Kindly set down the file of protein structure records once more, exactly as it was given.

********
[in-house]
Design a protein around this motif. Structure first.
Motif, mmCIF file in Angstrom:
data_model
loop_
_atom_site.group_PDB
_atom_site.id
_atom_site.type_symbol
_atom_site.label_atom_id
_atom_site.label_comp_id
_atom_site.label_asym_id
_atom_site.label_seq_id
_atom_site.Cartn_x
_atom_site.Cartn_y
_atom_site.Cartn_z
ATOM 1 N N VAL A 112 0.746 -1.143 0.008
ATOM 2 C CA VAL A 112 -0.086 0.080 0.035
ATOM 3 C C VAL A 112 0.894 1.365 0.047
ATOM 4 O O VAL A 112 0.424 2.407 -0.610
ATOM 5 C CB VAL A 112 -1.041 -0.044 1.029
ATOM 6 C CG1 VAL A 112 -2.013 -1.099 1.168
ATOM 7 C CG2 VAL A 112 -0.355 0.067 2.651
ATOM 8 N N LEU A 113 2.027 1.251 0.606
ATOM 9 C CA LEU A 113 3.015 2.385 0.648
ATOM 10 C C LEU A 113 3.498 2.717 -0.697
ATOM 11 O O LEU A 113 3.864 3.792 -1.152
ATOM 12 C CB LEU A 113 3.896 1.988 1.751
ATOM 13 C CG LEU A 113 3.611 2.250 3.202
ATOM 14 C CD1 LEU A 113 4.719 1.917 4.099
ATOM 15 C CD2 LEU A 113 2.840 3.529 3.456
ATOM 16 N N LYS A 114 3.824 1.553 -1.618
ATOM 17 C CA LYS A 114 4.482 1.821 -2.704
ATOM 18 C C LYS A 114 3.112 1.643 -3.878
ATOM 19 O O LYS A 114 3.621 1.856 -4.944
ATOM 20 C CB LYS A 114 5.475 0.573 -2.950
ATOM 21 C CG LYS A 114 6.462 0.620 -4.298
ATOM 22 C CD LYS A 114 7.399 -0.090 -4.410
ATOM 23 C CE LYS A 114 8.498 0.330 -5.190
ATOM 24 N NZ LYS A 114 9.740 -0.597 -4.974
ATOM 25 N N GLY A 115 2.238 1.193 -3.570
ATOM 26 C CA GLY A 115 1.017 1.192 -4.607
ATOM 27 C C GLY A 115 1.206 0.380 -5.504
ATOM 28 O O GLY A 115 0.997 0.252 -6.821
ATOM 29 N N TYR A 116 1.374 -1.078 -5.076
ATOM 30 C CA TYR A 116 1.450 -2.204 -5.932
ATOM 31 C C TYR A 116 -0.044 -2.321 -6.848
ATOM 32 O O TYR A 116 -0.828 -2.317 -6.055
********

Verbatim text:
[in-house]
Design a protein around this motif. Structure first.
Motif, mmCIF file in Angstrom:
data_model
loop_
_atom_site.group_PDB
_atom_site.id
_atom_site.type_symbol
_atom_site.label_atom_id
_atom_site.label_comp_id
_atom_site.label_asym_id
_atom_site.label_seq_id
_atom_site.Cartn_x
_atom_site.Cartn_y
_atom_site.Cartn_z
ATOM 1 N N VAL A 112 0.746 -1.143 0.008
ATOM 2 C CA VAL A 112 -0.086 0.080 0.035
ATOM 3 C C VAL A 112 0.894 1.365 0.047
ATOM 4 O O VAL A 112 0.424 2.407 -0.610
ATOM 5 C CB VAL A 112 -1.041 -0.044 1.029
ATOM 6 C CG1 VAL A 112 -2.013 -1.099 1.168
ATOM 7 C CG2 VAL A 112 -0.355 0.067 2.651
ATOM 8 N N LEU A 113 2.027 1.251 0.606
ATOM 9 C CA LEU A 113 3.015 2.385 0.648
ATOM 10 C C LEU A 113 3.498 2.717 -0.697
ATOM 11 O O LEU A 113 3.864 3.792 -1.152
ATOM 12 C CB LEU A 113 3.896 1.988 1.751
ATOM 13 C CG LEU A 113 3.611 2.250 3.202
ATOM 14 C CD1 LEU A 113 4.719 1.917 4.099
ATOM 15 C CD2 LEU A 113 2.840 3.529 3.456
ATOM 16 N N LYS A 114 3.824 1.553 -1.618
ATOM 17 C CA LYS A 114 4.482 1.821 -2.704
ATOM 18 C C LYS A 114 3.112 1.643 -3.878
ATOM 19 O O LYS A 114 3.621 1.856 -4.944
ATOM 20 C CB LYS A 114 5.475 0.573 -2.950
ATOM 21 C CG LYS A 114 6.462 0.620 -4.298
ATOM 22 C CD LYS A 114 7.399 -0.090 -4.410
ATOM 23 C CE LYS A 114 8.498 0.330 -5.190
ATOM 24 N NZ LYS A 114 9.740 -0.597 -4.974
ATOM 25 N N GLY A 115 2.238 1.193 -3.570
ATOM 26 C CA GLY A 115 1.017 1.192 -4.607
ATOM 27 C C GLY A 115 1.206 0.380 -5.504
ATOM 28 O O GLY A 115 0.997 0.252 -6.821
ATOM 29 N N TYR A 116 1.374 -1.078 -5.076
ATOM 30 C CA TYR A 116 1.450 -2.204 -5.932
ATOM 31 C C TYR A 116 -0.044 -2.321 -6.848
ATOM 32 O O TYR A 116 -0.828 -2.317 -6.055